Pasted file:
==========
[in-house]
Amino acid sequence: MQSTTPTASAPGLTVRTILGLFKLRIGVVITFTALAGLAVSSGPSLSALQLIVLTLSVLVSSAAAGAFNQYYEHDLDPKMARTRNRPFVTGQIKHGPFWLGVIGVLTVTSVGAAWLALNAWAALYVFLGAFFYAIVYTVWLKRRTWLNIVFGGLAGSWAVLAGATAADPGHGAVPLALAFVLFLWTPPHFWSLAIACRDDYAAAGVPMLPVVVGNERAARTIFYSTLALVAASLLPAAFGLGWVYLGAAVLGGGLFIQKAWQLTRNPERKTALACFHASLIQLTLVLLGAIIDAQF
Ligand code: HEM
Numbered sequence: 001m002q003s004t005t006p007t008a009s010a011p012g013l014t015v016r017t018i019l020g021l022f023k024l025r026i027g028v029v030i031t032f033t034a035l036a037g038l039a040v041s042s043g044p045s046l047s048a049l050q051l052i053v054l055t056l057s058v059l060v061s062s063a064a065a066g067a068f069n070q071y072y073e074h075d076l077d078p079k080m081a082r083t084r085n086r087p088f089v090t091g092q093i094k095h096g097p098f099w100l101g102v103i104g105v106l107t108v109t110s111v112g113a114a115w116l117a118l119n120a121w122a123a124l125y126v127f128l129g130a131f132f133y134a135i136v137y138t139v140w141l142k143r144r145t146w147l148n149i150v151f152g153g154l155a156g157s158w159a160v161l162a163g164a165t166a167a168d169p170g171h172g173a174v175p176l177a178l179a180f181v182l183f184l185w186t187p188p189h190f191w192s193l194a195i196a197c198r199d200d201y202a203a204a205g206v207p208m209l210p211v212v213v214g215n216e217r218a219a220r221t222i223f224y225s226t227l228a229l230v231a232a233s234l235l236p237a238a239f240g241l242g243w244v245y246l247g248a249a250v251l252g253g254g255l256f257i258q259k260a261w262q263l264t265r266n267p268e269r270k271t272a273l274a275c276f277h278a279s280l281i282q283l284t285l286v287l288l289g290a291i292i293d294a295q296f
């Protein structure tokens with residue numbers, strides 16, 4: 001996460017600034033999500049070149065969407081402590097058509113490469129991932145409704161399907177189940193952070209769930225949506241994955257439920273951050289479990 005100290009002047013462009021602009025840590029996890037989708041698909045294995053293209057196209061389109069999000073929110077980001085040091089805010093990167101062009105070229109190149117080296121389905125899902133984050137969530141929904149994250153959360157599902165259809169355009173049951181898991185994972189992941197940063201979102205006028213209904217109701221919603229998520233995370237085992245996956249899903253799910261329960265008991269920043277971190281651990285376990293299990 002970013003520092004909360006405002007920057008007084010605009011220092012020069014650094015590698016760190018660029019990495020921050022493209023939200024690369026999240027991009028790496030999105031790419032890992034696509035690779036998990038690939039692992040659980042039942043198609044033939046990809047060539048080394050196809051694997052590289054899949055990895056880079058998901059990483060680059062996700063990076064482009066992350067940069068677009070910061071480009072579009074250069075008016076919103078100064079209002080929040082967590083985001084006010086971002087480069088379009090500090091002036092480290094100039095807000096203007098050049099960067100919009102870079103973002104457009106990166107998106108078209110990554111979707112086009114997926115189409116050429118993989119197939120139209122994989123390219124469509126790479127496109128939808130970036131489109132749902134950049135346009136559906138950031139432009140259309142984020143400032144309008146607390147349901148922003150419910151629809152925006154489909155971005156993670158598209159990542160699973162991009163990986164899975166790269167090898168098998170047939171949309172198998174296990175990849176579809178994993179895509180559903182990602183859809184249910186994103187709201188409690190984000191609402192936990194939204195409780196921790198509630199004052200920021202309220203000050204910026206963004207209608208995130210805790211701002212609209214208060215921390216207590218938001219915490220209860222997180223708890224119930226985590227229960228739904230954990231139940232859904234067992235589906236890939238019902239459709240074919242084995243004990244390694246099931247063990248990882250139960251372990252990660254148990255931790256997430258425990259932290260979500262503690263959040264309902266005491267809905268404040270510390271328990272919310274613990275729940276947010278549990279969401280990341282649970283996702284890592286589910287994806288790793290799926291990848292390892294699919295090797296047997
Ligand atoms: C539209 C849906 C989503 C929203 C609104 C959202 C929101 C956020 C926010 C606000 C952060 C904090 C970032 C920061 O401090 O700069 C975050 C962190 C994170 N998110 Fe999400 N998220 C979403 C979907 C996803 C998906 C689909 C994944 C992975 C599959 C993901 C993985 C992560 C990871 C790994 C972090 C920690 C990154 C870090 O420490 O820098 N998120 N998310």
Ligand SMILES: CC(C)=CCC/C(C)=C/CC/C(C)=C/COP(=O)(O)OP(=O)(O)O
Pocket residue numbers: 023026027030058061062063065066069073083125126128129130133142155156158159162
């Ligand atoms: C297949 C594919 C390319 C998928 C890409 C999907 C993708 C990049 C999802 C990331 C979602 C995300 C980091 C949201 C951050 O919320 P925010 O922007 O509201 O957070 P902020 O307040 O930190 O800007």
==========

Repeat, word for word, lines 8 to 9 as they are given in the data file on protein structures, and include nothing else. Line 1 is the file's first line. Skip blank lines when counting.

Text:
Pocket residue numbers: 023026027030058061062063065066069073083125126128129130133142155156158159162
């Ligand atoms: C297949 C594919 C390319 C998928 C890409 C999907 C993708 C990049 C999802 C990331 C979602 C995300 C980091 C949201 C951050 O919320 P925010 O922007 O509201 O957070 P902020 O307040 O930190 O800007």